6 ways you can help your anxious child
by Michelle Morris
Anxious children can benefit a great deal by support from their parents. The following tips will provide you with some ideas for helping your anxious child.
1. Routines And Structure
Establish consistent daily routines and structure. Routines reduce anxiety and regular daily patterns emphasize predictability. A regular routine will give a sense of control to both parent and child. Anxious children do not cope well with a disorganized, spontaneous family life style.
Take care of the basic needs of your child, especially to prevent fatigue and hunger. Establish a regular bedtime routine consisting of quieter activities (e.g. bath, reading with parent, talking with parent), which helps your child to gradually relax.
Provide opportunities for exercise. Exercise is helpful in relieving stress and helping your child’s body to relax.
It is important for children to have limits set and consequences for breaking the limits. Children feel secure when there are limits setting restrictions on inappropriate behaviours.
2. Help Children Identify Feelings
Help your child notice different feelings by naming various feelings she or others may experience. Explain how people show their feelings (through faces, bodies, words) and that showing your feelings is an important way for others to understand how you are feeling. Help your child notice how different feelings “feel” in his own body, for example tight hands, butterflies in stomach, etc.
3. Provide Opportunities for Communicating About and Feelings
It is helpful for children to talk about their feelings, however talking about feelings is not easy for children, especially when they are asked directly. It is important for parents to watch and listen carefully for the times when a child does express feelings, either directly through words or indirectly through behaviours. At these times, you can help your child by acknowledging and accepting her feelings through simply reflecting them back to her and refraining from providing advice or asking questions. When a child’s feelings are criticized, disapproved of, or not accepted by a parent, his internal sense of self is weakened.
4. Provide Soothing and Comforting Strategies
Comforting and soothing a child are very helpful strategies that parents can use in relieving anxiety. These strategies communicate to the child that she is safe and cared for. Verbal reassurances of safety and love, rocking, cuddling, holding, massage, singing, and telling stories are just some of the soothing and comforting strategies that parents can use. Parents may be surprised to realize that children may sometimes need comforting and soothing that seems to the parent to be too “babyish” for the child’s age. However, anxious children do need extra soothing experiences that relax and relieve the tension in their bodies.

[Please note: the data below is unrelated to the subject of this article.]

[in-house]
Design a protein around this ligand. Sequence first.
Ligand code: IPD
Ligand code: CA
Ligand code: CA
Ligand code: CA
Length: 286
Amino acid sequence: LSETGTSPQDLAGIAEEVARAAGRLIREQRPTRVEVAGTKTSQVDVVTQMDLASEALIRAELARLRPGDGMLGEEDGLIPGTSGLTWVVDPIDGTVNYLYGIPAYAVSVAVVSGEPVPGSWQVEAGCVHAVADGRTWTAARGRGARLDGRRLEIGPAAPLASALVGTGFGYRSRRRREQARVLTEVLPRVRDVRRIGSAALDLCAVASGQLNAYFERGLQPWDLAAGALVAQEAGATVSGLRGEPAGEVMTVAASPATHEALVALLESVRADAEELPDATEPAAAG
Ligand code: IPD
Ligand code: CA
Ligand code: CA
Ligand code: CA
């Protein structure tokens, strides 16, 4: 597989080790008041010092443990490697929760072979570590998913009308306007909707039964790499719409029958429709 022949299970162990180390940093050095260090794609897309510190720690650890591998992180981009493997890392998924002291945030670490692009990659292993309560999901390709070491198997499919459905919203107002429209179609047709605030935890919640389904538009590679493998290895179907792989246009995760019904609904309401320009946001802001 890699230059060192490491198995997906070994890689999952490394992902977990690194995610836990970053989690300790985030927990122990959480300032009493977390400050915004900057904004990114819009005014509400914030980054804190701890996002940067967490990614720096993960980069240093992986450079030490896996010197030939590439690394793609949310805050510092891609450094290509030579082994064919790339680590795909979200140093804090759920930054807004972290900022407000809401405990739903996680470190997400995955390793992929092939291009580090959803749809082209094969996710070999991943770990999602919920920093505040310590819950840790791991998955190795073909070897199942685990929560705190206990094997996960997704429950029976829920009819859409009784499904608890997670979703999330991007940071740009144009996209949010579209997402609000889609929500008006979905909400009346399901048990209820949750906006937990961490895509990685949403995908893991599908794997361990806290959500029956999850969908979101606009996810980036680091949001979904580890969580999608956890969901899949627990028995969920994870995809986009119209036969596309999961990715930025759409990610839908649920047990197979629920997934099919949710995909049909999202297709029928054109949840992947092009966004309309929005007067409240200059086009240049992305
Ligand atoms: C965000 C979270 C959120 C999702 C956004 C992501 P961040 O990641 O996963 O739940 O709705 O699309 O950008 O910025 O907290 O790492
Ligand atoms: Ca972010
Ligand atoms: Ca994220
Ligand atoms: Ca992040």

5. Respect Your Child’s Fears
Children are generally not helped when parents tell them to stop being afraid of something. What is helpful to most children is an approach in which you acknowledge their fears and at the same time let them know that you will help them overcome these fears.
6. Model Brave Behaviour
Children look to others for guidance on how to respond in unfamiliar situations. They usually watch for cues from their parents and use these cues to help determine if the situation is safe or not. If the parent’s response is fearful or anxious, the child’s response is also likely to be fearful or anxious.
Although it is important for parents to model appropriate cautionary and safety behaviours when appropriate, it is important for parents to act as confident and brave role models as well. If a parent is overly anxious and over-protective, this anxiety can be easily communicated to a child with the accompanying message that the world is too dangerous. As well, the child also receives the message that he is incapable.
Parents need to acknowledge and understand their own anxieties and make an effort to contain them when appropriate in the presence of their children. Sometimes, parents need to act brave even if they don’t feel brave. An important and helpful message for an anxious child to receive from a parent is that the parent has confidence both in the child and in the situation.
Michelle Morris is the principal psychologist at Life Resolutions Caroline Springs in Victoria. She has over 30 years experience working in private practice and holds several qualifications. In additional to being a registered psychologist, she is a qualified nurse, midwife and holds postgraduate qualifications in law and family therapy. Michelle has a special interest in family relationships. She is passionate in helping family members access skills to manage difficult and challenging times.